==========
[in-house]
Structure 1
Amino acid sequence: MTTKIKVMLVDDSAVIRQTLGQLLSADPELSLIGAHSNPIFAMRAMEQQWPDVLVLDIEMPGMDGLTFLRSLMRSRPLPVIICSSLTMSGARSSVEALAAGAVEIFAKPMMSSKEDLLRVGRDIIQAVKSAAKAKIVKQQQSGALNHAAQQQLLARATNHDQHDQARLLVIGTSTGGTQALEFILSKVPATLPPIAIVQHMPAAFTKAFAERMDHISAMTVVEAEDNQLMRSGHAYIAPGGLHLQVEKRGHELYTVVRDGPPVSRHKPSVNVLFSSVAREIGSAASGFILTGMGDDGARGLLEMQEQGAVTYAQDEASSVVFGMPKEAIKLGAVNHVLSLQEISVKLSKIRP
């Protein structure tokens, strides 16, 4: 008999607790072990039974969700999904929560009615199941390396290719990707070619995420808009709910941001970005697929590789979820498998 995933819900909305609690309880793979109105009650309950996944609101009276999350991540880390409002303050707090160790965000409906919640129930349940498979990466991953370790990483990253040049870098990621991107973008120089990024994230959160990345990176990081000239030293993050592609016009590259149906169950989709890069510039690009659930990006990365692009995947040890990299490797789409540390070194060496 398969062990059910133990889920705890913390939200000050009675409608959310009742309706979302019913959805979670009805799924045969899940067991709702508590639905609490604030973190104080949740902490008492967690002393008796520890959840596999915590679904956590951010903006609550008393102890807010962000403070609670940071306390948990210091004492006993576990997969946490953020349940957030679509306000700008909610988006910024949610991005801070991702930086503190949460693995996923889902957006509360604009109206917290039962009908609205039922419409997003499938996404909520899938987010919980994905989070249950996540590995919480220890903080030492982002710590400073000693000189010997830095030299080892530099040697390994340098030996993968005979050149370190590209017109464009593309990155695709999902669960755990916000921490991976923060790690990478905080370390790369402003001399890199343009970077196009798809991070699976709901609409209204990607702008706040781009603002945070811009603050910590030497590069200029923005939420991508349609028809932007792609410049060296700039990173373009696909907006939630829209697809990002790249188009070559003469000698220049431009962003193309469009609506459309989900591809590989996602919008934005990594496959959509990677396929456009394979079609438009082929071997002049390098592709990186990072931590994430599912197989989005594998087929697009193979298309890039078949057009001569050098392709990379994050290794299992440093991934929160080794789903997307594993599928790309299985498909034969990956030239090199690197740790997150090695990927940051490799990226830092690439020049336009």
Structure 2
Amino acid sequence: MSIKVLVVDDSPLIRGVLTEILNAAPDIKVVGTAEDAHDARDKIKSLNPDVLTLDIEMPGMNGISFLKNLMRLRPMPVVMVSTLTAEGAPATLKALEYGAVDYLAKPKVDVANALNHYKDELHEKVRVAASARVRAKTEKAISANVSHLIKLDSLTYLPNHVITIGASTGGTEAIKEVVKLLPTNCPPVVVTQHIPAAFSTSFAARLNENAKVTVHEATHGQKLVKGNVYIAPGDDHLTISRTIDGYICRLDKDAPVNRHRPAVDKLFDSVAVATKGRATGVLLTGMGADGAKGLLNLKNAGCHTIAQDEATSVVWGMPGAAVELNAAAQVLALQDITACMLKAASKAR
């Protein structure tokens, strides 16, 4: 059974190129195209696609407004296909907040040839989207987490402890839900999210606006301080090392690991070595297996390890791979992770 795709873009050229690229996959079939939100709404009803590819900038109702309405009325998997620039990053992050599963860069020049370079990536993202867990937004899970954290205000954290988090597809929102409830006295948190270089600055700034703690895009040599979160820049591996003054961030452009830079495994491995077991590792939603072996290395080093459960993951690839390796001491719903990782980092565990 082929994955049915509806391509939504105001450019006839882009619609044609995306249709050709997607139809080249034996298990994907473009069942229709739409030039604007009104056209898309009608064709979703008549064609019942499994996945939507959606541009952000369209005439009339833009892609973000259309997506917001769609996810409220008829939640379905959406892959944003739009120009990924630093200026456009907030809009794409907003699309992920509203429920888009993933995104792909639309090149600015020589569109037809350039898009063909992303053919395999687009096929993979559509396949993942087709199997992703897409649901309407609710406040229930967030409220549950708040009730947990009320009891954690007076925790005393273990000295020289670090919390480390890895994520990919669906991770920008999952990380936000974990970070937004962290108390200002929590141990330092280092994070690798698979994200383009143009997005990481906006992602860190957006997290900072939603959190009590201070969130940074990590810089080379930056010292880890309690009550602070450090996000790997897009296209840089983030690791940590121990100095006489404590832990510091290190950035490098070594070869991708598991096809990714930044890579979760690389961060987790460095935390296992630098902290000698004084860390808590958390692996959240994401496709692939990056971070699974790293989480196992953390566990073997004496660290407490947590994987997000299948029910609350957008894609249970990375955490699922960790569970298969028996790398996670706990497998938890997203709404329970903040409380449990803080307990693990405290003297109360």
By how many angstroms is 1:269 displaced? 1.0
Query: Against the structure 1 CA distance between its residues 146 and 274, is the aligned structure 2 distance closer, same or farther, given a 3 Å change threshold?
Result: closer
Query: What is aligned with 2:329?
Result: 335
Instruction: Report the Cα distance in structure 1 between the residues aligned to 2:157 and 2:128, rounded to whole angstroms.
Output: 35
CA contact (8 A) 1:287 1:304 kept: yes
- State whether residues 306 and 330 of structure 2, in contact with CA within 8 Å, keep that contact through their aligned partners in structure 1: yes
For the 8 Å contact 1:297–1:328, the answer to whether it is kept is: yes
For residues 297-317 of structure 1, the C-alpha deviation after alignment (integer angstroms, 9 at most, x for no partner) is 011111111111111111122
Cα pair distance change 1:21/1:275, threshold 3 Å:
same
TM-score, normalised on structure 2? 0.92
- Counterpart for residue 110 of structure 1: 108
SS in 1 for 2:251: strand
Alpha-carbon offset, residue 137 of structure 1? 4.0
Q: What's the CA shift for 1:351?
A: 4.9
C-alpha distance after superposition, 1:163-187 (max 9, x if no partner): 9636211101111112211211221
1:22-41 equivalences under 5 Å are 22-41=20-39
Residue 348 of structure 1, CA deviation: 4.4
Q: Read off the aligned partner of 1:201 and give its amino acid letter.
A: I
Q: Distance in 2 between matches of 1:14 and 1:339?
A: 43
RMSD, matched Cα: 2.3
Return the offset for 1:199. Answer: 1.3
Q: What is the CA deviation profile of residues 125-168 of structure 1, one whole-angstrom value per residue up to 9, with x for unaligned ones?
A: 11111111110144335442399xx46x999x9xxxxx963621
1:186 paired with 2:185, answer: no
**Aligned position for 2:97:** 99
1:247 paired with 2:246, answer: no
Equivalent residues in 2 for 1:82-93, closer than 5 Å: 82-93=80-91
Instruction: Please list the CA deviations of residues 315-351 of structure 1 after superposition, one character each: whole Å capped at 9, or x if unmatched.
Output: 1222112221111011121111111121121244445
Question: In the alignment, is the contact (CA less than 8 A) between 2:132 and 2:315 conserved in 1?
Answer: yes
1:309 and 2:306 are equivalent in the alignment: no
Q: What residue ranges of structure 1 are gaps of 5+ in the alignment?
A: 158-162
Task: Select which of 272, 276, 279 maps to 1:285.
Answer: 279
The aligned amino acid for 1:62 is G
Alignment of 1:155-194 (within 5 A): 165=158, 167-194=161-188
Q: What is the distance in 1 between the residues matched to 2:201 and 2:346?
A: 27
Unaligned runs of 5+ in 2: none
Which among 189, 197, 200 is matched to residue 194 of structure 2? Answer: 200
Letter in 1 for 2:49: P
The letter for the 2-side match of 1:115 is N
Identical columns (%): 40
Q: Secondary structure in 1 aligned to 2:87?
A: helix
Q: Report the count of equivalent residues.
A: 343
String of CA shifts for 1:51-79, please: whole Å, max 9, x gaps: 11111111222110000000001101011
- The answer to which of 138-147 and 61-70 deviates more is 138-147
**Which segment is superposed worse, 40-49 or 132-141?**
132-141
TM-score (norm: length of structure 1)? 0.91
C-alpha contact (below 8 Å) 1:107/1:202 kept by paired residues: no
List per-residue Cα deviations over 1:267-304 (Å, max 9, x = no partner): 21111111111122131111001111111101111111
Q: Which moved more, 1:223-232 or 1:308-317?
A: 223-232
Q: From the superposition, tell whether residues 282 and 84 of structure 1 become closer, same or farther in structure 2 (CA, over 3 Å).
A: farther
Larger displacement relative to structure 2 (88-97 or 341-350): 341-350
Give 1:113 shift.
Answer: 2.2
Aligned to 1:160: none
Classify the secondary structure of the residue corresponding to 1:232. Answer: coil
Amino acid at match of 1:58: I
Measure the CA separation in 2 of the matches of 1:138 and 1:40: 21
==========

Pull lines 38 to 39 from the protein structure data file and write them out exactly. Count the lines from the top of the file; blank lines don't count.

1:186 paired with 2:185, answer: no
**Aligned position for 2:97:** 99